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Mass. SNAP benefits will increase starting this month

Baker’s office adjusted the food benefits to keep up with the annual cost of living.

More than half a million Massachusetts households that receive food assistance will get a boost starting this month to keep up with high inflation.

Gov. Charlie Baker’s office announced that 550,000 households participating in the state’s Supplemental Nutrition Assistance Program (SNAP) will see an increase starting in their October 2022 benefits. Those receiving SNAP benefits, formerly known as food stamps, will get a 12 percent increase, with households seeing an average monthly boost of $25 to $30. 

The federal government adjusts SNAP benefit amounts yearly to keep up with inflation.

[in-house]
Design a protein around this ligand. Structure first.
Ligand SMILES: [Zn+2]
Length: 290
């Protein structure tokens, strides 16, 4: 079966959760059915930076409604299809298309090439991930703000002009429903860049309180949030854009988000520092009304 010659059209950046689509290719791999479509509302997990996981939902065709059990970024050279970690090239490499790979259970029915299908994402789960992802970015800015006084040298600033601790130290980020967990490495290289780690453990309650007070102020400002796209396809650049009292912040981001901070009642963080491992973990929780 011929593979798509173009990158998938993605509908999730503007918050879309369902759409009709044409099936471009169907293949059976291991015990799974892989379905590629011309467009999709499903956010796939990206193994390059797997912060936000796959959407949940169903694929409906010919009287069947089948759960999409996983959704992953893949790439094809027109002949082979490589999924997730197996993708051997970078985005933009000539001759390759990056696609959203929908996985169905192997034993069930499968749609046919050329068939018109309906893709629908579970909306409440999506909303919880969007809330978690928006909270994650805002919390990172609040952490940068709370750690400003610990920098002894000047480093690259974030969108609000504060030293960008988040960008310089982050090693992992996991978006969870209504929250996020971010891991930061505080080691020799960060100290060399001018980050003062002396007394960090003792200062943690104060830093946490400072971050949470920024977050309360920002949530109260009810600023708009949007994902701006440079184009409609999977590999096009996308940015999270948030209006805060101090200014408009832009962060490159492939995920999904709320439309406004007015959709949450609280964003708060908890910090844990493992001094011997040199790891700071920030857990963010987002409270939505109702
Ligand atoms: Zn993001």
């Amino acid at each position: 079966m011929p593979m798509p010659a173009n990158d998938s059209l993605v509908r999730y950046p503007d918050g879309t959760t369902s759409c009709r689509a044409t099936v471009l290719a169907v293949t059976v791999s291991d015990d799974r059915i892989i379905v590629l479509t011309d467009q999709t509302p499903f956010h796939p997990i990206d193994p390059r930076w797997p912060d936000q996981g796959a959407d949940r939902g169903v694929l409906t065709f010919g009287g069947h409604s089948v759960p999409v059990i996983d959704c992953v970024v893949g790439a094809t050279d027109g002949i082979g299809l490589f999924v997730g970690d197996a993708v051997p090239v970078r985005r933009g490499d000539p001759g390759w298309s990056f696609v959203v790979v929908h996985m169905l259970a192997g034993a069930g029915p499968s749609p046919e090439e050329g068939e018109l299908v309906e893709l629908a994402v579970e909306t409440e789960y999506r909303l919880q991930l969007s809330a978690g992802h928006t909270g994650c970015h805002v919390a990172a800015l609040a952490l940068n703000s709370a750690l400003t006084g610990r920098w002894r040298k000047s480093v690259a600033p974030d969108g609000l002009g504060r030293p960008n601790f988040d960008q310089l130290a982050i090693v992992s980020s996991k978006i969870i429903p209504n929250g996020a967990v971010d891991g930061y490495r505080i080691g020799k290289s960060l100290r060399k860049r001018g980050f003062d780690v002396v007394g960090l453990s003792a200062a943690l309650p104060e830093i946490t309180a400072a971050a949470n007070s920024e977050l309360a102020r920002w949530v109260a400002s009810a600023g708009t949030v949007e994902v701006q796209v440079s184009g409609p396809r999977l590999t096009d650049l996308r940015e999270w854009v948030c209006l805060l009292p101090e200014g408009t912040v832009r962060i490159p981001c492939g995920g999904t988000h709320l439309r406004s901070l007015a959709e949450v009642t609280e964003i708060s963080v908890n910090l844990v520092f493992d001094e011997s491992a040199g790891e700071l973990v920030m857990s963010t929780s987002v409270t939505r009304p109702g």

Baker’s office says this recent increase reflects Massachusetts residents’ cost of living and fights hunger and food insecurity across the state.

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“SNAP is a critical tool in providing individuals and families with the financial power to buy food that meets their households’ cultural and nutritional needs. It also plays an important role as an economic stabilizer, providing an influx of federal dollars into the state’s economy, supporting our grocery stores, corner stores, local farms, and other food retailers,” Department of Transitional Assistance Acting Commissioner Mary Sheehan said in a press release. “The increase in monthly SNAP benefit amounts will support the vital food security of many low-income households across the commonwealth and the communities in which they live, learn, and work.”

Utility costs for Massachusetts households also influence SNAP benefits. Over the summer, the state got approval from the federal government to adjust heating costs used to determine the new benefit amount, reflecting the regional rise in utility bills. 

The administration says it will also continue SNAP Emergency Allotments and free school meals for all Massachusetts students this year.

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